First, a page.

Rooms ****
Value *****
Service ****

Villas start at 8,910 baht (£184) B&B, with transfers.

Have you tried new the Independent Digital Edition apps?
Keith Fraser says we should give Isis sympathises free flights to join Isis (AFP)
Life and Style
Google celebrates the 126th anniversary of the Eiffel Tower opening its doors to the public for the first time
techGoogle celebrates Paris's iconic landmark, which opened to the public 126 years ago today
Cleopatra the tortoise suffers from a painful disease that causes her shell to disintegrate; her new prosthetic one has been custom-made for her using 3D printing technology
newsCleopatra had been suffering from 'pyramiding'
Arts and Entertainment
Coachella and Lollapalooza festivals have both listed the selfie stick devices as “prohibited items”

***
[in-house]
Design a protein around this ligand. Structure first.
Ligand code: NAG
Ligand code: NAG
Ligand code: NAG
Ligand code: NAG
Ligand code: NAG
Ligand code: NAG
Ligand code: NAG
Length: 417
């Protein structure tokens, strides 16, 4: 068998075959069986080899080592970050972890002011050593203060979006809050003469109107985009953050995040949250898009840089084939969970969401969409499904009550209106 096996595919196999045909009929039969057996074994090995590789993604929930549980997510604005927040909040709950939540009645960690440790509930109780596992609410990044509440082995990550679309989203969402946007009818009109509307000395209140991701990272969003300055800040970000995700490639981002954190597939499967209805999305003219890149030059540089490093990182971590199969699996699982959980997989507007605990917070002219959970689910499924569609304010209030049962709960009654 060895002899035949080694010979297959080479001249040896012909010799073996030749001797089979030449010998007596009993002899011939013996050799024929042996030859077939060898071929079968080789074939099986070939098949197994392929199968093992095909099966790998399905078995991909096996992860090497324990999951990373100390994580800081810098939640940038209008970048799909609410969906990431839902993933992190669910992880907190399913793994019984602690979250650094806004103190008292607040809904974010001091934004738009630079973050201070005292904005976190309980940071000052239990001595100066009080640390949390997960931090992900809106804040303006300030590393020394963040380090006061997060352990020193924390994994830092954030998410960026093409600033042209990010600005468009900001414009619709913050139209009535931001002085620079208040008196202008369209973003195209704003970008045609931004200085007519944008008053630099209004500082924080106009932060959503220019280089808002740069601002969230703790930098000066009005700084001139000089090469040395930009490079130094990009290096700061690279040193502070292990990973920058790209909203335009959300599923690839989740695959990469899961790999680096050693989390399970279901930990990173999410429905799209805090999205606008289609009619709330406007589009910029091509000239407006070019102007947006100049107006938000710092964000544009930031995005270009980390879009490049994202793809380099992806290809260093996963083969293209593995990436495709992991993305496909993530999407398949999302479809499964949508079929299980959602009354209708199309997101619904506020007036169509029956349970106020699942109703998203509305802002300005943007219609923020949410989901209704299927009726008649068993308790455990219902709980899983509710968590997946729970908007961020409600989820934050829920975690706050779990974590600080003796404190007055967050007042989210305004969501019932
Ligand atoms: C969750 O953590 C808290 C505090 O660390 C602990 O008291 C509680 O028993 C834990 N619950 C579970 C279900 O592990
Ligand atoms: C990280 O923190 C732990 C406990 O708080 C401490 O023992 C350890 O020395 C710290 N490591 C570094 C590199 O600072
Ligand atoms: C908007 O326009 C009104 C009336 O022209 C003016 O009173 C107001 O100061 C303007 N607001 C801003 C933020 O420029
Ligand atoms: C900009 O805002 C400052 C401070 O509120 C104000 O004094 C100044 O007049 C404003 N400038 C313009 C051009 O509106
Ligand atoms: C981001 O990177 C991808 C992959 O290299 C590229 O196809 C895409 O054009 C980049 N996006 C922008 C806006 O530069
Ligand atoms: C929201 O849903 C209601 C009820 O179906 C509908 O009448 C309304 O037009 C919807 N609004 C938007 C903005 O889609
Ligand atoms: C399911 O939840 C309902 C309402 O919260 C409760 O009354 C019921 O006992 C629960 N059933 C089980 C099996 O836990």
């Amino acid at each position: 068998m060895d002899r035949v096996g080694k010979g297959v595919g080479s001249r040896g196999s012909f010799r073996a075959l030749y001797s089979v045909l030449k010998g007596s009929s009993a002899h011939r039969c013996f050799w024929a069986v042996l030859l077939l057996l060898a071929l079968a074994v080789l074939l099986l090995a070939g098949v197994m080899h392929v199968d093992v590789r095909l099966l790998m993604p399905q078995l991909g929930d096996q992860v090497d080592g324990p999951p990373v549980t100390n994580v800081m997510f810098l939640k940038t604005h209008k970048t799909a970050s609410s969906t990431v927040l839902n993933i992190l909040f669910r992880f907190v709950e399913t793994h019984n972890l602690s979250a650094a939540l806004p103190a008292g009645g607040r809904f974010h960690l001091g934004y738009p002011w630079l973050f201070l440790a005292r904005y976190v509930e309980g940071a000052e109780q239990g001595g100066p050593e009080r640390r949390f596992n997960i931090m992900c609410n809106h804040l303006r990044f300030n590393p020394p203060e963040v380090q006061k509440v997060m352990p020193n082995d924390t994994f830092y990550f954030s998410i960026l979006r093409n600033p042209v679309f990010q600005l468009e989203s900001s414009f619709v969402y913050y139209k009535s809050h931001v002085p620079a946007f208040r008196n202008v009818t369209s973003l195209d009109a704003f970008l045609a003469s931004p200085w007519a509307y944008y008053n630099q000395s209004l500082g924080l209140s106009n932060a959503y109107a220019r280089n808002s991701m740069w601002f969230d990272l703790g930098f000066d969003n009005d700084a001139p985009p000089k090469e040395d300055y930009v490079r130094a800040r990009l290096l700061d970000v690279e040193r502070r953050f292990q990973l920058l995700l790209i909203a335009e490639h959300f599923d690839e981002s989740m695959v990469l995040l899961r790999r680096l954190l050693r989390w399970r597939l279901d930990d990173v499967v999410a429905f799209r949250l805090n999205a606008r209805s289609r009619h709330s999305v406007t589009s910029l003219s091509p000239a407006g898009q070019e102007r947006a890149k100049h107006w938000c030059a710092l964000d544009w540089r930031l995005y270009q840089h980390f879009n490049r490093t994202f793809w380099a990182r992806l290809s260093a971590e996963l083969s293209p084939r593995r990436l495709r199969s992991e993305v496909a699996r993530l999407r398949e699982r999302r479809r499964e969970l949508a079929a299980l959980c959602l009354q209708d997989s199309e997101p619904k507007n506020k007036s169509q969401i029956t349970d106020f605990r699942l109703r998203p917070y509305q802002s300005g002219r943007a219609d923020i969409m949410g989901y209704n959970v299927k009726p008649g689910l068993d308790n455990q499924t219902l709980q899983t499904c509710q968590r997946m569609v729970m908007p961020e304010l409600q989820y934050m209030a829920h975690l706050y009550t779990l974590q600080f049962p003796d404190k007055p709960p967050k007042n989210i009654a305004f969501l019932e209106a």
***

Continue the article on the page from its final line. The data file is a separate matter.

Nigel Owens was targeted on Twitter because of his sexuality during the Six Nations finale between England and France earlier this month
rugbyReferee Nigel Owens on coming out, and homophobic Twitter abuse
ebookHow to enjoy the perfect short break in 20 great cities
Independent Travel Videos
Independent Travel Videos
Simon Calder in Amsterdam
Independent Travel Videos
Simon Calder in Giverny
Independent Travel Videos
Simon Calder in St John's
Independent Travel Videos
  • Get to the point
Latest stories from i100
Have you tried new the Independent Digital Edition apps?
Independent Dating

By clicking 'Search' you
are agreeing to our
Terms of Use.

ES Rentals

    iJobs Job Widget
    iJobs Travel

    SFL Group: Video Project Manager

    £24,000 pa, plus benefits: SFL Group: Looking for a hard-working and self-moti...

    Recruitment Genius: Hotel Reservations Assistant - French Speaking

    £16000 - £17000 per annum: Recruitment Genius: This rapidly expanding travel c...

    Recruitment Genius: Duty Manager - World-Famous London Museum